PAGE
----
Electronic Thesis and Dissertation Repository

Degree

Master of Science

Program

Kinesiology

Supervisor(s)

Dr. Timothy Doherty

Abstract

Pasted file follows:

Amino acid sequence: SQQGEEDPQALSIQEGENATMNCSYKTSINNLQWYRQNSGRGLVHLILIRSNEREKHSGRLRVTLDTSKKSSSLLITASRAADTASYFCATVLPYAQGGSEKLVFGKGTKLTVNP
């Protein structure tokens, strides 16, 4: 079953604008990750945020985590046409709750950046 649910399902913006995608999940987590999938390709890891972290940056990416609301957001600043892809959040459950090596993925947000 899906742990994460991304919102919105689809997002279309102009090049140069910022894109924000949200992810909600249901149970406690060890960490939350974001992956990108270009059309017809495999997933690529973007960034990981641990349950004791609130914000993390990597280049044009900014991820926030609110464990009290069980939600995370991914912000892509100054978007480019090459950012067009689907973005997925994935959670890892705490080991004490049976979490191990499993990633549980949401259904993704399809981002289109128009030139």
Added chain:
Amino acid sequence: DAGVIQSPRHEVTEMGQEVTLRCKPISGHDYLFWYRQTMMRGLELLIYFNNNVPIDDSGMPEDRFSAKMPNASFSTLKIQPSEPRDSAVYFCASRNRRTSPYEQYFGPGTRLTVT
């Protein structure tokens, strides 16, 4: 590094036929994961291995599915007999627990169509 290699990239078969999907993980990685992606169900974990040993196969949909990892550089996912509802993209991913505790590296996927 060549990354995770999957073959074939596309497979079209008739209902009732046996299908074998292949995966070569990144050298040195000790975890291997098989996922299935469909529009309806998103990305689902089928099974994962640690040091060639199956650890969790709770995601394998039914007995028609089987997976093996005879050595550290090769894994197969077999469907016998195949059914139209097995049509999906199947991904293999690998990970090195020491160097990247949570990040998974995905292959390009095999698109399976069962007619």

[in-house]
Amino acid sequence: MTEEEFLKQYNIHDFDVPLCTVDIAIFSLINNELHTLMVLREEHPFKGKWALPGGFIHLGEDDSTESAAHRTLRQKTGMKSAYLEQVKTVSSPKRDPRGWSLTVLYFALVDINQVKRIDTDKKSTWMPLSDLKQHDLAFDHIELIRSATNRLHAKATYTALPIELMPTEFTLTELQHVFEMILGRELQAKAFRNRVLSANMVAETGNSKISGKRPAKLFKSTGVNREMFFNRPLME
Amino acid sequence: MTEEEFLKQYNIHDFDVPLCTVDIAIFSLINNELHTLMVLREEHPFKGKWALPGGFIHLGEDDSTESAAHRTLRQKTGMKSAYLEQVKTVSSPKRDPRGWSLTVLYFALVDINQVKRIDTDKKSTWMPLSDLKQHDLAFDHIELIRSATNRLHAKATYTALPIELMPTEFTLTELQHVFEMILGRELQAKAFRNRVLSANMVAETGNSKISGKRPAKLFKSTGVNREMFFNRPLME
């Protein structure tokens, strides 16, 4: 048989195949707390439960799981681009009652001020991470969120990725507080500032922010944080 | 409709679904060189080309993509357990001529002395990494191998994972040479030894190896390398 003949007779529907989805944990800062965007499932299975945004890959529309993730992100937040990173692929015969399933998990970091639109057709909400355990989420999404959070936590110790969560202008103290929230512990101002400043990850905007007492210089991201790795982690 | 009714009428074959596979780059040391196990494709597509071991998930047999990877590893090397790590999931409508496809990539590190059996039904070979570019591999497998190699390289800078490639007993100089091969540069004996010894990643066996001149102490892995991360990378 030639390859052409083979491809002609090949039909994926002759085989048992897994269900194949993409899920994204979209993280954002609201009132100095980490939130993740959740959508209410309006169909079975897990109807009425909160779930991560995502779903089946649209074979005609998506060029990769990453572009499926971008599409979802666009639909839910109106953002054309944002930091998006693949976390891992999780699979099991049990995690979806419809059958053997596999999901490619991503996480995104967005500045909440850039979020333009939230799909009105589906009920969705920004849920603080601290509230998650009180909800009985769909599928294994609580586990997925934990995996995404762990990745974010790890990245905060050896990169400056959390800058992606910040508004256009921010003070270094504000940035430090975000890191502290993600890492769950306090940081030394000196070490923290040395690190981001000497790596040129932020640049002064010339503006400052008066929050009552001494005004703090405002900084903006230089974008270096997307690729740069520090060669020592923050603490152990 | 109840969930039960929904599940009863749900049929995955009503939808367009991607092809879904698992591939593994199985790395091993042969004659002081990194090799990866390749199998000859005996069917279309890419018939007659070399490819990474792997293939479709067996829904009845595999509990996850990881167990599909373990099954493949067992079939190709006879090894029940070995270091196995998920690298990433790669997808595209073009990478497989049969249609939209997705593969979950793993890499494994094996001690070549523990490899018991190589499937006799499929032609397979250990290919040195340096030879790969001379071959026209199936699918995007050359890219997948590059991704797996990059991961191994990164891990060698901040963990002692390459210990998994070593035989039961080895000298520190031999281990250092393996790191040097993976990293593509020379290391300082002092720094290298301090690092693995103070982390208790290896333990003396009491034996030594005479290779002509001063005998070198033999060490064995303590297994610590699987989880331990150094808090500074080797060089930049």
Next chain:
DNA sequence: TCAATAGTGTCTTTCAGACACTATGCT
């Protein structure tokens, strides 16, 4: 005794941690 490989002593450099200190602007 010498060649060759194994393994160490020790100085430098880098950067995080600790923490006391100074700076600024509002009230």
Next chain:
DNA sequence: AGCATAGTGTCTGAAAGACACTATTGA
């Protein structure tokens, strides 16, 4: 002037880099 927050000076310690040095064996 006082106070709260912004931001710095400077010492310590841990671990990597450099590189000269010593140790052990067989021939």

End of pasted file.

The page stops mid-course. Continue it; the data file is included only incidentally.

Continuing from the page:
This study investigated the relationship between motor unit (MU) properties and the strength and power of two lower limb muscles in healthy young and old adults. Twelve older adults (mean age, 77 ± 5 yrs) and twelve young adults (mean age, 24 ± 3 yrs) were studied. MU properties of the tibialis anterior (TA) and vastus medialis (VM) muscles were determined using decomposition-enhanced spike-triggered averaging (DE-STA). Motor unit number estimates (MUNE) of the TA were significantly reduced (p>0.05) in older adults (102 ± 76) compared to young adults (234 ± 109), primarily as a result of significantly larger surface-detected motor unit potentials (S-MUP) in older adults. Although VM S-MUP values were larger in older adults (60 ± 31 μV) compared to young (48 ±42), the difference was not significant. Maximal strength and power were significantly larger in both the TA and knee extensors of young adults compared to old. Maximal power output displayed greater deficits than isometric strength in both lower limb muscles of older adults. Results from this study indicate that there are changes in MU properties with age, and that this effect may be greater in the TA muscle. Further, power, especially in the knee extensors, may be a more sensitive measure of neuromuscular health than isometric strength, and should be the focus of exercise programs in elderly subjects.


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